A week ago today, Andrea Jenkyns pitched Ed Balls out of his seat in Morley and Outwood – and, like other Conservatives, I greeted her win as icing on the electoral cake.  Balls was one of Gordon Brown’s main advisers long after he had left the Treasury, and thus shares responsibility with him for helping to stoke the crash – and the Great Recession. The prospect of having him return to the building was not exactly reassuring.

None the less, in one respect we Tories owe Balls a real debt – and, no, I don’t mean for having been the Labour arch-villain who helped to make victory possible.  During the 1990s, Tony Blair wanted to take Britain into the Euro.  Against him was ranged a weird alliance which included William Hague, Sir James Goldsmith…and Balls.  And of those three, only the last had power.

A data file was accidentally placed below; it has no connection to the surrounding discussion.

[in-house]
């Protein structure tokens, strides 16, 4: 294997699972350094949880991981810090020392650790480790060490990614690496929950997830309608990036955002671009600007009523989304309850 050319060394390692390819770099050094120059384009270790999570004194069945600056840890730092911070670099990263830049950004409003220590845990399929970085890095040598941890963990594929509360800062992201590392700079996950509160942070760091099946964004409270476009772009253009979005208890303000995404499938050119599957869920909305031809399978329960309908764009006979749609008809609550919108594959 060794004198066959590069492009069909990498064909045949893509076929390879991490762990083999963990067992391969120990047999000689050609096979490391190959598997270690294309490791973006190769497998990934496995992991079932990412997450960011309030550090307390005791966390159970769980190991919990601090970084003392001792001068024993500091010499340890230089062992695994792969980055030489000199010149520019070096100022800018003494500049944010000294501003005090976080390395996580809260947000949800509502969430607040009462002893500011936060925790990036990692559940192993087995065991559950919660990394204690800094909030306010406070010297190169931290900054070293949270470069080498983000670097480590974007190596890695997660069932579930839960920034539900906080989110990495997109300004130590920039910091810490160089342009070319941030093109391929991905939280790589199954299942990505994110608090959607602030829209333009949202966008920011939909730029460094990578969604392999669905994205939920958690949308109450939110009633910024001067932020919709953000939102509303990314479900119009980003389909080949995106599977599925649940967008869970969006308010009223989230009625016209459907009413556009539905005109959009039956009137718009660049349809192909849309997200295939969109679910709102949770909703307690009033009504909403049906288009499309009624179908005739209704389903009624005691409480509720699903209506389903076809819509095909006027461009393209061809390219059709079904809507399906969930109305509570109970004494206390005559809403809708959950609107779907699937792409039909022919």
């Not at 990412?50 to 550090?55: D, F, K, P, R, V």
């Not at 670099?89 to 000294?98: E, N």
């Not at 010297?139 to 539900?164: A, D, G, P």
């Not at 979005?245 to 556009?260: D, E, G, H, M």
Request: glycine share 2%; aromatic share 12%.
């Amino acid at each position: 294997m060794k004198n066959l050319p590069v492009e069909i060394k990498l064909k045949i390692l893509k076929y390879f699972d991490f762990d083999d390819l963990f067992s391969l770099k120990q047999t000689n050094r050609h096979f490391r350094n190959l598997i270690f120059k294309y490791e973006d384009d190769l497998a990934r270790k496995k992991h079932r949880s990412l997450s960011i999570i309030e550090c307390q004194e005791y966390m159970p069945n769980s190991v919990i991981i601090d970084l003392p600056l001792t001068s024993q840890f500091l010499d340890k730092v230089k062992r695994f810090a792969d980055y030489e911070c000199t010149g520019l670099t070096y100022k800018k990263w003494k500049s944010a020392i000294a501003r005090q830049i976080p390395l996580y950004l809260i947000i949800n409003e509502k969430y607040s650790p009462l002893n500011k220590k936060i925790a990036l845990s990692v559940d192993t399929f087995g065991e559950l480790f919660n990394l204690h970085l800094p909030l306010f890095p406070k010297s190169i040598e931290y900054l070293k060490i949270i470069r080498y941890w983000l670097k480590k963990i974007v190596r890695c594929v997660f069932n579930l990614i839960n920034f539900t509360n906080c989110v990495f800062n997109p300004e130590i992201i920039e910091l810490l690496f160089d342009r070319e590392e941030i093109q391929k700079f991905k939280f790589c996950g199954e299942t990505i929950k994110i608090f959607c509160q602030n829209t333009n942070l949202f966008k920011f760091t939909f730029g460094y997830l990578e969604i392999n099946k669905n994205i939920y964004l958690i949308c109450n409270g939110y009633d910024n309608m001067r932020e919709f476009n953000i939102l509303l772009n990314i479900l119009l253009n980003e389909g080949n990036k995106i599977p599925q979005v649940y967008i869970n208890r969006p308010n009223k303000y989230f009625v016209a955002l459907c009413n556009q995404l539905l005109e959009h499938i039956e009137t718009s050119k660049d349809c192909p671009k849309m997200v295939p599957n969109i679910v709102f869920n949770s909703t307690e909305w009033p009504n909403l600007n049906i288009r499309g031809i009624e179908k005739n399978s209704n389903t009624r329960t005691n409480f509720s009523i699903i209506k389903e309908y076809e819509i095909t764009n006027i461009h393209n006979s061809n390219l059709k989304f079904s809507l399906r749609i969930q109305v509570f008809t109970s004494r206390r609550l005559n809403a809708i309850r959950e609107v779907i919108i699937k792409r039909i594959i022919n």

The former Financial Times leader writer was never an enthusiast for the Single Currency.  It may be that Brown’s resistance to it was more bound up with Treasury suspicion of the Euro, his own resistance to anything championed by Old Demon Eyes…and his leadership ambitions.  But be that as it may, it was Balls who assisted in devising the Five Tests, the Treasury assessment of the tests, and all the rest of the shamanistic show that was devised to keep Britain well and truly out.

Had the UK been shackled to the Euro, the recession would have harder to escape from. Balls thus not only played a part in wrecking the economy…but also in providing it with a means of escape.  I’m sure George Osborne is duly grateful.  We should raise a glass, a week on, to Jenkyns’s famous victory. But acknowledge, as we do so, that Balls did his country a great service – literally, in the back of a taxi.

30 comments for: Ed Balls was crucial in keeping Britain out of the Euro. And for that, we owe him thanks.

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